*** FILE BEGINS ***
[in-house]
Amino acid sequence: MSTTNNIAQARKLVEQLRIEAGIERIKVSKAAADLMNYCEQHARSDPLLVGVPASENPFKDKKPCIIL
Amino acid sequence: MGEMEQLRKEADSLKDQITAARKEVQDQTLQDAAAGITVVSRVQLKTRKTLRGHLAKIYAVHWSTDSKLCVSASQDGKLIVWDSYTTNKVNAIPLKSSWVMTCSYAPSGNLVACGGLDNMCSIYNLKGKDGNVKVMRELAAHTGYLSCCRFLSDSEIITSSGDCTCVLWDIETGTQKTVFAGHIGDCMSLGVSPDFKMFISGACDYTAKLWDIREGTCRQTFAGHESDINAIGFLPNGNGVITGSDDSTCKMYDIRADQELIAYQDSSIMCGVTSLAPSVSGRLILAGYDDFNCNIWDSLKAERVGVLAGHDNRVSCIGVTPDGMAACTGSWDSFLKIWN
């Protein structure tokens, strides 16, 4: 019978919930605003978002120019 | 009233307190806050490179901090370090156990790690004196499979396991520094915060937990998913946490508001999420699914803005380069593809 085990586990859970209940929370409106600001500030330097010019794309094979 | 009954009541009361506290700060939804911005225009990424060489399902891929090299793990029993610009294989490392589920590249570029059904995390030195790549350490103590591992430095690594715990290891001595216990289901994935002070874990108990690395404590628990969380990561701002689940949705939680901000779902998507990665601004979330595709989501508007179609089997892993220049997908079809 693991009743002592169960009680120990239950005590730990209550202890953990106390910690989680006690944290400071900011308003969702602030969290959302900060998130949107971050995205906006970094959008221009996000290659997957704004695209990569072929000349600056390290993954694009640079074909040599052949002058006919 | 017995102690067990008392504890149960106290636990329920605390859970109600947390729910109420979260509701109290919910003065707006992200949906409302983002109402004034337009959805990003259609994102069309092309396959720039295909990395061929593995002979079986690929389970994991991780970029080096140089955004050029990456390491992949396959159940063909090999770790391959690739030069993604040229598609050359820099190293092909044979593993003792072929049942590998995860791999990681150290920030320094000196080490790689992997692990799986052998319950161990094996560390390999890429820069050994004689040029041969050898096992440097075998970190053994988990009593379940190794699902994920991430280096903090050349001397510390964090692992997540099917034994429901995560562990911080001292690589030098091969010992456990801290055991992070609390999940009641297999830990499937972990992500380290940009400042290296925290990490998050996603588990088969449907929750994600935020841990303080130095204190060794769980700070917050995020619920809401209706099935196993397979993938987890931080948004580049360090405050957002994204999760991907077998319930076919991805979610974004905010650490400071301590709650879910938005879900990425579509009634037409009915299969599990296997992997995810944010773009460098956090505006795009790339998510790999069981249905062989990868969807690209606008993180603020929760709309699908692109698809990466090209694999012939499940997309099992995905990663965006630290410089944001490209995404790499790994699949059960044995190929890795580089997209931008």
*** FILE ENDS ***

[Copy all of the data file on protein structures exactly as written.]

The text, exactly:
[in-house]
Amino acid sequence: MSTTNNIAQARKLVEQLRIEAGIERIKVSKAAADLMNYCEQHARSDPLLVGVPASENPFKDKKPCIIL
Amino acid sequence: MGEMEQLRKEADSLKDQITAARKEVQDQTLQDAAAGITVVSRVQLKTRKTLRGHLAKIYAVHWSTDSKLCVSASQDGKLIVWDSYTTNKVNAIPLKSSWVMTCSYAPSGNLVACGGLDNMCSIYNLKGKDGNVKVMRELAAHTGYLSCCRFLSDSEIITSSGDCTCVLWDIETGTQKTVFAGHIGDCMSLGVSPDFKMFISGACDYTAKLWDIREGTCRQTFAGHESDINAIGFLPNGNGVITGSDDSTCKMYDIRADQELIAYQDSSIMCGVTSLAPSVSGRLILAGYDDFNCNIWDSLKAERVGVLAGHDNRVSCIGVTPDGMAACTGSWDSFLKIWN
């Protein structure tokens, strides 16, 4: 019978919930605003978002120019 | 009233307190806050490179901090370090156990790690004196499979396991520094915060937990998913946490508001999420699914803005380069593809 085990586990859970209940929370409106600001500030330097010019794309094979 | 009954009541009361506290700060939804911005225009990424060489399902891929090299793990029993610009294989490392589920590249570029059904995390030195790549350490103590591992430095690594715990290891001595216990289901994935002070874990108990690395404590628990969380990561701002689940949705939680901000779902998507990665601004979330595709989501508007179609089997892993220049997908079809 693991009743002592169960009680120990239950005590730990209550202890953990106390910690989680006690944290400071900011308003969702602030969290959302900060998130949107971050995205906006970094959008221009996000290659997957704004695209990569072929000349600056390290993954694009640079074909040599052949002058006919 | 017995102690067990008392504890149960106290636990329920605390859970109600947390729910109420979260509701109290919910003065707006992200949906409302983002109402004034337009959805990003259609994102069309092309396959720039295909990395061929593995002979079986690929389970994991991780970029080096140089955004050029990456390491992949396959159940063909090999770790391959690739030069993604040229598609050359820099190293092909044979593993003792072929049942590998995860791999990681150290920030320094000196080490790689992997692990799986052998319950161990094996560390390999890429820069050994004689040029041969050898096992440097075998970190053994988990009593379940190794699902994920991430280096903090050349001397510390964090692992997540099917034994429901995560562990911080001292690589030098091969010992456990801290055991992070609390999940009641297999830990499937972990992500380290940009400042290296925290990490998050996603588990088969449907929750994600935020841990303080130095204190060794769980700070917050995020619920809401209706099935196993397979993938987890931080948004580049360090405050957002994204999760991907077998319930076919991805979610974004905010650490400071301590709650879910938005879900990425579509009634037409009915299969599990296997992997995810944010773009460098956090505006795009790339998510790999069981249905062989990868969807690209606008993180603020929760709309699908692109698809990466090209694999012939499940997309099992995905990663965006630290410089944001490209995404790499790994699949059960044995190929890795580089997209931008």